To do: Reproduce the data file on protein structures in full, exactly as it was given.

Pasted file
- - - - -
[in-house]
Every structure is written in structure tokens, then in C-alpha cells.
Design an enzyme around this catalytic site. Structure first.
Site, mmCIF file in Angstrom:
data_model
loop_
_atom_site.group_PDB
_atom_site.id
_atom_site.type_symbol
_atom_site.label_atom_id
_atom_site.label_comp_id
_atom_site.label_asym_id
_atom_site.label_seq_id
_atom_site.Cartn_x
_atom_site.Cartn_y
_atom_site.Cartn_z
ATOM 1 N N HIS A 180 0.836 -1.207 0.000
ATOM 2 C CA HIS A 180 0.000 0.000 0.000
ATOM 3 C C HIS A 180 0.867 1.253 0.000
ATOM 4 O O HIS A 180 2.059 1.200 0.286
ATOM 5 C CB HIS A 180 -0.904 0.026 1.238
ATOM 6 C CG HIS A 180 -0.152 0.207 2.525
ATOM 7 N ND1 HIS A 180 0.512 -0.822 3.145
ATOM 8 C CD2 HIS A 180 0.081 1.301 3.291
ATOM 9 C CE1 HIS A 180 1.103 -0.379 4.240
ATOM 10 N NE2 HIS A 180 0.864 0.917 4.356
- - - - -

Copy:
[in-house]
Every structure is written in structure tokens, then in C-alpha cells.
Design an enzyme around this catalytic site. Structure first.
Site, mmCIF file in Angstrom:
data_model
loop_
_atom_site.group_PDB
_atom_site.id
_atom_site.type_symbol
_atom_site.label_atom_id
_atom_site.label_comp_id
_atom_site.label_asym_id
_atom_site.label_seq_id
_atom_site.Cartn_x
_atom_site.Cartn_y
_atom_site.Cartn_z
ATOM 1 N N HIS A 180 0.836 -1.207 0.000
ATOM 2 C CA HIS A 180 0.000 0.000 0.000
ATOM 3 C C HIS A 180 0.867 1.253 0.000
ATOM 4 O O HIS A 180 2.059 1.200 0.286
ATOM 5 C CB HIS A 180 -0.904 0.026 1.238
ATOM 6 C CG HIS A 180 -0.152 0.207 2.525
ATOM 7 N ND1 HIS A 180 0.512 -0.822 3.145
ATOM 8 C CD2 HIS A 180 0.081 1.301 3.291
ATOM 9 C CE1 HIS A 180 1.103 -0.379 4.240
ATOM 10 N NE2 HIS A 180 0.864 0.917 4.356